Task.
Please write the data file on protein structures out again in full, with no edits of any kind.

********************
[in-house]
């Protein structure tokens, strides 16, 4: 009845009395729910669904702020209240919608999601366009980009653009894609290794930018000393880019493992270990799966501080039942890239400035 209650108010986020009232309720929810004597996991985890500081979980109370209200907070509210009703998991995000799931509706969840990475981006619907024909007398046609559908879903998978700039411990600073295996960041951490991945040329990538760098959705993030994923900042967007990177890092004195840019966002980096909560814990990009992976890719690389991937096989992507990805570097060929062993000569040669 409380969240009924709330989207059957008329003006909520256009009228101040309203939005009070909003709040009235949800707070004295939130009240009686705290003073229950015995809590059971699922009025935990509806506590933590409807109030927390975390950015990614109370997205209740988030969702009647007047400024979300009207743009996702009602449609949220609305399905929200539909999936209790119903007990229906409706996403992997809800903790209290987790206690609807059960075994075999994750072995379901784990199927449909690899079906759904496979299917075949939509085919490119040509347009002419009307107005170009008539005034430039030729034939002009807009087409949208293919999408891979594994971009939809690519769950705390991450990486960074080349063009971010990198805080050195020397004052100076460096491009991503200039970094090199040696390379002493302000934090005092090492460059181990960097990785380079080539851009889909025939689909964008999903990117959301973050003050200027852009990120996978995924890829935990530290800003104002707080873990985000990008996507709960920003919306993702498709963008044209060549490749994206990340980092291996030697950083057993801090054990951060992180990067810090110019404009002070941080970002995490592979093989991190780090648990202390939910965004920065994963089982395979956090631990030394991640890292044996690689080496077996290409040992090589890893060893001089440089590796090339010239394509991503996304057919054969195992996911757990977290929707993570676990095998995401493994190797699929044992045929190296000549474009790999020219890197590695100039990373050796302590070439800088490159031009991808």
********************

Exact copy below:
[in-house]
């Protein structure tokens, strides 16, 4: 009845009395729910669904702020209240919608999601366009980009653009894609290794930018000393880019493992270990799966501080039942890239400035 209650108010986020009232309720929810004597996991985890500081979980109370209200907070509210009703998991995000799931509706969840990475981006619907024909007398046609559908879903998978700039411990600073295996960041951490991945040329990538760098959705993030994923900042967007990177890092004195840019966002980096909560814990990009992976890719690389991937096989992507990805570097060929062993000569040669 409380969240009924709330989207059957008329003006909520256009009228101040309203939005009070909003709040009235949800707070004295939130009240009686705290003073229950015995809590059971699922009025935990509806506590933590409807109030927390975390950015990614109370997205209740988030969702009647007047400024979300009207743009996702009602449609949220609305399905929200539909999936209790119903007990229906409706996403992997809800903790209290987790206690609807059960075994075999994750072995379901784990199927449909690899079906759904496979299917075949939509085919490119040509347009002419009307107005170009008539005034430039030729034939002009807009087409949208293919999408891979594994971009939809690519769950705390991450990486960074080349063009971010990198805080050195020397004052100076460096491009991503200039970094090199040696390379002493302000934090005092090492460059181990960097990785380079080539851009889909025939689909964008999903990117959301973050003050200027852009990120996978995924890829935990530290800003104002707080873990985000990008996507709960920003919306993702498709963008044209060549490749994206990340980092291996030697950083057993801090054990951060992180990067810090110019404009002070941080970002995490592979093989991190780090648990202390939910965004920065994963089982395979956090631990030394991640890292044996690689080496077996290409040992090589890893060893001089440089590796090339010239394509991503996304057919054969195992996911757990977290929707993570676990095998995401493994190797699929044992045929190296000549474009790999020219890197590695100039990373050796302590070439800088490159031009991808």